"It is my understanding the case is for trial," Pavlock said. Seifert is charged with causing a catastrophe, risking a catastrophe and recklessly endangering another person. He remains free on $20,000 bail.

Seifert was operating the southbound train June 30, 2006, when it derailed after speeding down from the crest of Keating Summit at 70 mph. The resulting 31-car pile-up caused 42,000 gallons of lye to leak into the ground and Sinnemahoning-Portage Creek.

The railroad was fined $8.89 million for violations of the state's Clean Stream Laws and Solid Waste Management and Hazardous Sites Cleanup acts.

Seifert was fired from Norfolk Southern after the derailment. - The Bradford Era (Bradford, PA)



HOUSTON, TX -- The Metropolitan Transit Authority has fired the operator of a light rail train involved in a May 9 incident in which her train crossed over to the opposite track, creating the potential for a wrong-way collision.

Metro spokeswoman Raequel Roberts said La Shonda Gordon, 37, was let go Friday. She was hired Feb. 23, and at the time of the incident had been at the controls less than three weeks.

Metro officials said their investigation showed Gordon had been waved through by a member of a work crew. The switch was in a position to send the train to the opposite track because the work crew was testing a signal at the site. The switch was supposed to be returned to its normal position before the train passed.

Gordon phoned dispatchers at the Houston TranStar control center for guidance -- an act that may have prevented a collision -- after proceeding to the TMC Transit Center station.

But Metro also said she should not have proceeded to the opposite track without first getting permission.

"I think I was railroaded," Gordon said earlier this week. "I'm the only one that got fired and I don't think the action deserved for me to get fired. I thought I should be retrained, and so did my supervisor and his supervisor."

Gordon said she was told that she was being fired for "unsafe train operation." Gordon said she knows other operators who have made mistakes and not been fired.

Roberts said a dispatcher at TranStar involved in the incident remains suspended without pay as an investigation by the American Public Transportation Association continues. - Rad Sallee, The Houston Chronicle


Map here:


FREMONT, CA -- Fremont City Council got a glimpse Tuesday of a regional rail plan with an objective to bring rail transportation to the entire Bay Area.

Tom Matoff of Pennsylvania-based LTK Engineering Services, claimed the plan is to create a safe, fast and reliable passenger and freight rail network to all nine Bay Area counties.

Matoff said the rail system would be incorporated into existing transportation routes.

Involving a 50-year strategic plan, Matoff said the project is required under Measure 2, a 2004 voter-approved traffic relief proposition.

The measure increased bridge tolls by $1, raising $125 million annually for the Metropolitan Transportation Commission, a regional transit body.

The measure also allocated $4.5 million for a regional rail plan.

According to Matoff, the need for such a system is evident, claiming by the year 2050, the Bay Area's population is estimated to be at 10 million.

He said Sacramento's population is estimated to grow by 132 percent, and the population of San Joaquin County is expected to grow by 201 percent.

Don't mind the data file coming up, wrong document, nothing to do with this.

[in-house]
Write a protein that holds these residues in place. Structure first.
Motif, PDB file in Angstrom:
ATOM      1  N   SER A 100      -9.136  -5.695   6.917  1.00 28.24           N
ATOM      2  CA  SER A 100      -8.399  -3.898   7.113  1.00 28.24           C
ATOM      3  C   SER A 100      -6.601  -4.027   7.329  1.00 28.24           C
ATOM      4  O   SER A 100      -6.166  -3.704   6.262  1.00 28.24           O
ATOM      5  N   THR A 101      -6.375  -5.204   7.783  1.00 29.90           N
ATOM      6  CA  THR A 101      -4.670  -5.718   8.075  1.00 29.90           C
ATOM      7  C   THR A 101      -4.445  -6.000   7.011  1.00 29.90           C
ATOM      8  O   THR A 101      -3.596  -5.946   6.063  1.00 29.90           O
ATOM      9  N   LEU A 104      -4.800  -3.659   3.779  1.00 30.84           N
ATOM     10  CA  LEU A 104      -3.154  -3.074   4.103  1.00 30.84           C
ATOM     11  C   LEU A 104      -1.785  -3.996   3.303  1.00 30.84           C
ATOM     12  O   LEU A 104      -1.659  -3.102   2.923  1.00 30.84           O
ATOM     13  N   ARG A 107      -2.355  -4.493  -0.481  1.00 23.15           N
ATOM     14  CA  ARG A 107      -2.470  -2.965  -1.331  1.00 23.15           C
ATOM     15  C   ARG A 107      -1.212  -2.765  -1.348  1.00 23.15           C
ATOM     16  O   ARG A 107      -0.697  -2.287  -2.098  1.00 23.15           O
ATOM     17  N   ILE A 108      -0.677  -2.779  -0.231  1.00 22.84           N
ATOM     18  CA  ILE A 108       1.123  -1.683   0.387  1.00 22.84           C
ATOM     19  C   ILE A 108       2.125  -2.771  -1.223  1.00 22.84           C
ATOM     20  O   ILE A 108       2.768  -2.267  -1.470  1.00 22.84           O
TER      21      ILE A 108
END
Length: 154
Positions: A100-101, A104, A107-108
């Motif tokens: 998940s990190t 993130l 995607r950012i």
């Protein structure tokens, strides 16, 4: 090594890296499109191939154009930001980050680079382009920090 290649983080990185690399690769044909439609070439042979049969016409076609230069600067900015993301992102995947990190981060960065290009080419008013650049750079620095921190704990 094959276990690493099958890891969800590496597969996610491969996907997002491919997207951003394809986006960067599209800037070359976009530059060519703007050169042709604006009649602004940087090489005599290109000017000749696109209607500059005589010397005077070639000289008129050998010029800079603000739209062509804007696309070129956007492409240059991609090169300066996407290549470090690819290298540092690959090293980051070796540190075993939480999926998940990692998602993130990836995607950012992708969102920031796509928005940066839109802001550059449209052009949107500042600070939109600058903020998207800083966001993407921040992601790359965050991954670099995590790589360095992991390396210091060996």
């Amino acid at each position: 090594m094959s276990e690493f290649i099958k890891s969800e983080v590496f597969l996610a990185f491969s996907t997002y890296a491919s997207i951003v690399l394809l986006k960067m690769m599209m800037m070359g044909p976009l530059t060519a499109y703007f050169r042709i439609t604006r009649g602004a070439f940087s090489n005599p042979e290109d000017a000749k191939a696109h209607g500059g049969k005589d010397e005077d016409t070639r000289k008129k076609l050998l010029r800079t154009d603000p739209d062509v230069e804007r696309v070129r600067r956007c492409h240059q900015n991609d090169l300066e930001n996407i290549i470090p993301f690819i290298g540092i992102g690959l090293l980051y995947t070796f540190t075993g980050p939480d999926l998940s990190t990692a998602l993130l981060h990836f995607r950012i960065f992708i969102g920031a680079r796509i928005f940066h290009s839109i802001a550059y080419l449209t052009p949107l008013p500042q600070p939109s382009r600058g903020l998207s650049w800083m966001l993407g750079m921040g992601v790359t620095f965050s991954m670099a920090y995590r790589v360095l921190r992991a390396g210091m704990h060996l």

"This plan is not limited to the nine-county Bay Area," Matoff said. "The MTC is also working with Sacramento and San Joaquin County to develop a system connected to the Bay Area."

Matoff said by 2030, most Bay Area counties would be highly congested.

Alameda County, he suggested, will see an increase of 267 percent in delay hours for commuters.

If a motorist, for example, spends one hour driving from Fremont to Pleasanton now, they can expect their commute time to increase by more than 2.5 hours by 2030, he said.

Santa Clara County commuters will see a 133-percent increase in traffic delay hours, and San Francisco will see a 189-percent increase, he claimed.

Additionally, several corridors in the Bay Area will see significant vehicle trips by 2030, according to Matoff.

"It hardly seems possible, but peak commutes will then spread into the early evenings all over the Bay Area," Matoff said.

Before embarking on a regional rail plan, Matoff claimed MTC needed to look at issues pertaining to both Bay Area Rapid Transit, and standard railroad systems.

BART issues needing examination include whether the agency wants to continue outward expansion, and explore skip-stop/express operation, among others.

Issues under the microscope include the attitude of railroad companies when it comes to shared tracks, speed, and rail electrification, among others.

Matoff noted the possibility of the Bay Area turning toward high speed rail, which also raised questions, such as in what direction will a potential high speed rail system run.

Matoff said there are 12 study alternatives for regional rail, three of which are options without high-speed rail.

Three other options include high-speed rail entering from the south via San Jose. Three others include high-speed rail entering from the east via the Tri-Valley area (shown on map).

Matoff said a draft plan for regional rail is slated for release in August, with a final plan and MTC adoption by September.

Council members said many issues and concerns weren't covered in the plan, including environmental impacts and noise.

"If we're going to do something as massive as this, we ought to look at alternatives to polluting trains, instead of where we're going to put tracks," Mayor Bob Wasserman said.